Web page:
Special projects coordinator for the Greater Portland Council of Governments Tori Pelletier, center, moderated a discussion with, clockwise from upper left: Dustin Ward, Nathan Poore, Margaret Brownlee, Deqa Dhalac, Pious Ali and Lelia DeAndrade on racial equity work that is taking place in Portland, South Portland and Falmouth. Screenshot / Zoom video

PORTLAND — When thousands of people marched for racial justice in Portland and surrounding communities last summer, community leaders were spurred into action.

Dustin Ward of Cumberland and Falmouth Town Manager Nathan Poore were moved to design a specialized racial awareness curriculum for municipal employees. South Portland residents Deqa Dhalac and Margaret Brownlee said the marches inspired them to start the South Portland Human Rights Commission. And Lelia DeAndrande and Pious Ali sought appointments on Portland’s Racial Equity Steering Committee.

Dhalac, Brownlee, Ward, Poore, DeAndrande, Ali and Ward took part in a Martin Luther King Jr. Day panel discussion Monday focusing on racial equity efforts in greater Portland. Greater Portland Council of Governments sponsored the virtual event.

Ward, a former pastor at First Baptist Church in Yarmouth, said that after the demonstrations last summer, he couldn’t sit on the sidelines any longer. He started It is Time with the goal of assisting Maine communities with “racial reconciliation” and to foster growth and unity. He’s now working with the Falmouth to offer town employees classes on the history of slavery and racism, the civil rights movement and the impacts of racism on criminal justice and policing.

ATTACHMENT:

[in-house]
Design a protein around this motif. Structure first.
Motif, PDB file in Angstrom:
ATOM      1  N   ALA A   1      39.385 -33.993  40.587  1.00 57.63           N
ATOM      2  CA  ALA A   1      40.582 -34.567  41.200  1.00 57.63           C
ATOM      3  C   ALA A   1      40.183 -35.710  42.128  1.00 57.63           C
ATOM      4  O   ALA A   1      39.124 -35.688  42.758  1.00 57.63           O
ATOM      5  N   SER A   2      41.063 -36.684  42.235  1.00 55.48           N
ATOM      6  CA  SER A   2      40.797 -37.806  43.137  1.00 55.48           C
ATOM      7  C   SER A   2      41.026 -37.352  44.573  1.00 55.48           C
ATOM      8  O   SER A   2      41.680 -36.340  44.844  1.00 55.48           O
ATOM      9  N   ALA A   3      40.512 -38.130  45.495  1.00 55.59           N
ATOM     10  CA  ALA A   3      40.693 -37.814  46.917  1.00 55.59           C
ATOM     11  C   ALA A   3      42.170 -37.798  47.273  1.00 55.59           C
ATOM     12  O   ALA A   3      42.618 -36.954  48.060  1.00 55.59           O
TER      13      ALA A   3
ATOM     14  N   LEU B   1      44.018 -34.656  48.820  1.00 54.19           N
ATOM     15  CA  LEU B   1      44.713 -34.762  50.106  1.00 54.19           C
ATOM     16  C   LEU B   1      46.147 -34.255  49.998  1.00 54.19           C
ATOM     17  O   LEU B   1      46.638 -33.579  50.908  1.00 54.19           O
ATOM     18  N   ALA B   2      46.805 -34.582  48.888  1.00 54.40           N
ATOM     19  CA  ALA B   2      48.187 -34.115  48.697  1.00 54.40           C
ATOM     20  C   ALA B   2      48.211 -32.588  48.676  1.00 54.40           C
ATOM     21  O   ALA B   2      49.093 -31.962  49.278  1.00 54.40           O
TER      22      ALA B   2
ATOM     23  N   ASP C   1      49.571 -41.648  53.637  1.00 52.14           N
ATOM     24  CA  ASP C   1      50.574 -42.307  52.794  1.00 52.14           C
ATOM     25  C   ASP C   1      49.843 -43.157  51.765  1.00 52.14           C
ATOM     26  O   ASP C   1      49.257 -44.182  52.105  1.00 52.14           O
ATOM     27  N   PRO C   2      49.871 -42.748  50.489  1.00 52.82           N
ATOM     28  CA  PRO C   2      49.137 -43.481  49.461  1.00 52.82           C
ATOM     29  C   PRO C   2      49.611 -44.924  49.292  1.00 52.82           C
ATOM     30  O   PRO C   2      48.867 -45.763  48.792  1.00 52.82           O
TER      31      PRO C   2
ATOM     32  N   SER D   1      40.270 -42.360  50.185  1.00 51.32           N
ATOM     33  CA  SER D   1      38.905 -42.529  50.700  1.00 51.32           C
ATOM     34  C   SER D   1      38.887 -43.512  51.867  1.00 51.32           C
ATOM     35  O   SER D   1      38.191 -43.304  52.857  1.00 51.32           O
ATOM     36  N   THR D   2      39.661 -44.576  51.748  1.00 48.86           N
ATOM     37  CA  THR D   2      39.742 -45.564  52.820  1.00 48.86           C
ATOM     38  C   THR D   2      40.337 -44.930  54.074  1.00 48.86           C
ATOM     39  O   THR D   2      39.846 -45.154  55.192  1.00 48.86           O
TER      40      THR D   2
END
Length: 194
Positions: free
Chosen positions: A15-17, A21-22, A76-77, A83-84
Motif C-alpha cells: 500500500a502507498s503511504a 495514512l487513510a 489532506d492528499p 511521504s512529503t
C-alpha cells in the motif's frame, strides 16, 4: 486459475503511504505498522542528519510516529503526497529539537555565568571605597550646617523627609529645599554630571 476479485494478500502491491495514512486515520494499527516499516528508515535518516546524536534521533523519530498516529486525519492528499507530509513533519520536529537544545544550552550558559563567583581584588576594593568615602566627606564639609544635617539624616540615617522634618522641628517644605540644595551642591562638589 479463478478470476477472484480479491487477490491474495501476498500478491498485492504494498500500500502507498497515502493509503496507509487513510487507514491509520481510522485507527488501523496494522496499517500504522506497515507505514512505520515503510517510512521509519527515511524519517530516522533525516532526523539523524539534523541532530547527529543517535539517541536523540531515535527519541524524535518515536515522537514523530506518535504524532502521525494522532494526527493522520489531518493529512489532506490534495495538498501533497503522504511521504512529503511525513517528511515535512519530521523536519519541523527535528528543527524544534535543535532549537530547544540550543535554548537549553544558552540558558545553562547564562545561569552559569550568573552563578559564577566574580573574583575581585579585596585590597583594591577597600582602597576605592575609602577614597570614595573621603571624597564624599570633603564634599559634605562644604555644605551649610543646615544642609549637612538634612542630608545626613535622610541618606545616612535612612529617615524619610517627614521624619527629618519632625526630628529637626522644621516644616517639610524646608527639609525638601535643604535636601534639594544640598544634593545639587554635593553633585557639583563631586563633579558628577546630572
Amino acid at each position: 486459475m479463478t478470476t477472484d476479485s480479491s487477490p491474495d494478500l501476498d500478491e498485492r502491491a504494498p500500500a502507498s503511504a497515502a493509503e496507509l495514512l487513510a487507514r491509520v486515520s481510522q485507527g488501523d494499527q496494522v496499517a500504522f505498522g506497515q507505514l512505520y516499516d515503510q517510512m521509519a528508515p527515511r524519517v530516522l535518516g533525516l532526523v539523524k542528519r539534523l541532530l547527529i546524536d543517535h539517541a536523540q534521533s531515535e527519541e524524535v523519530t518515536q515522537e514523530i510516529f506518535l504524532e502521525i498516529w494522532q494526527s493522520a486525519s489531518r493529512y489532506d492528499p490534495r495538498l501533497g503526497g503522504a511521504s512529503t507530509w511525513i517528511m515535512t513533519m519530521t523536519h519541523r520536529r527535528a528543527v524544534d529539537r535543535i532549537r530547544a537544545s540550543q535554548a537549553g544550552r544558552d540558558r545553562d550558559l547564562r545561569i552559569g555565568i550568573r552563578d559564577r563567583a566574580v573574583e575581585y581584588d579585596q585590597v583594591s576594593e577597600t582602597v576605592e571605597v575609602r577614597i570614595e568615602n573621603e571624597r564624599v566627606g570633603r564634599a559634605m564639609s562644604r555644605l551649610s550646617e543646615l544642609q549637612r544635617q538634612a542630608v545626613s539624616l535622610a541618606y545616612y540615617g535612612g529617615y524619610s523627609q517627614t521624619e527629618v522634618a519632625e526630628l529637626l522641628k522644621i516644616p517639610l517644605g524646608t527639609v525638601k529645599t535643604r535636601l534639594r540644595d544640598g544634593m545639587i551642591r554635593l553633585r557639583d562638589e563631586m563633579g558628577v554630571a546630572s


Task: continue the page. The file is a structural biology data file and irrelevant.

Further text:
“If you want to understand where things are going, you have to understand where you have been,” Ward said.

Ward said he sees the work as a continuance of King’s message.

“That was Martin Luther King’s legacy, to improve the lives of his brothers and sisters,” Ward said. “We are hoping we can do a small piece of that in Falmouth.”

Poore said local Black Lives Matter events last summer opened his eyes to racial inequality, even in a small town like Falmouth. Aside from Ward’s classes, town officials are looking to find ways to get a more diverse workforce and incorporate equity discussions in topics like the comprehensive plan update.

In South Portland, Brownlee and Dhalac, a city councilor, led the charge for a local Human Rights Commission. According to the September ordinance that established it, the commission will “work to prevent hate and discrimination” in South Portland by supporting marginalized groups, providing education and training, celebrating diversity and reviewing city policies to make recommendations to the City Council and city manager.

Brownlee, the diversity, equity and inclusion officer at Maine College of Art, said South Portland’s Human Rights Commission, which began meeting in November, is working on several initiatives and is aiming to be “mindful that we aren’t just reacting but being proactive in what we are working on.”

The group is similar to the one set up by the Portland City Council, which Ali and DeAndrade are serving on.

DeAndrade, vice president of community impact at Maine Community Foundation, said the committee, which is examining the racial inequities in the city’s approach to law enforcement and social services, was a chance for her to get involved in the city.

“This could be a once in a lifetime opportunity and could be something that never happens again,” she said.

Ali, a Portland city councilor and director of Portland Empowered, said he hopes the work he and his colleagues in Portland, South Portland and Falmouth are doing can serve as a model for other communities.

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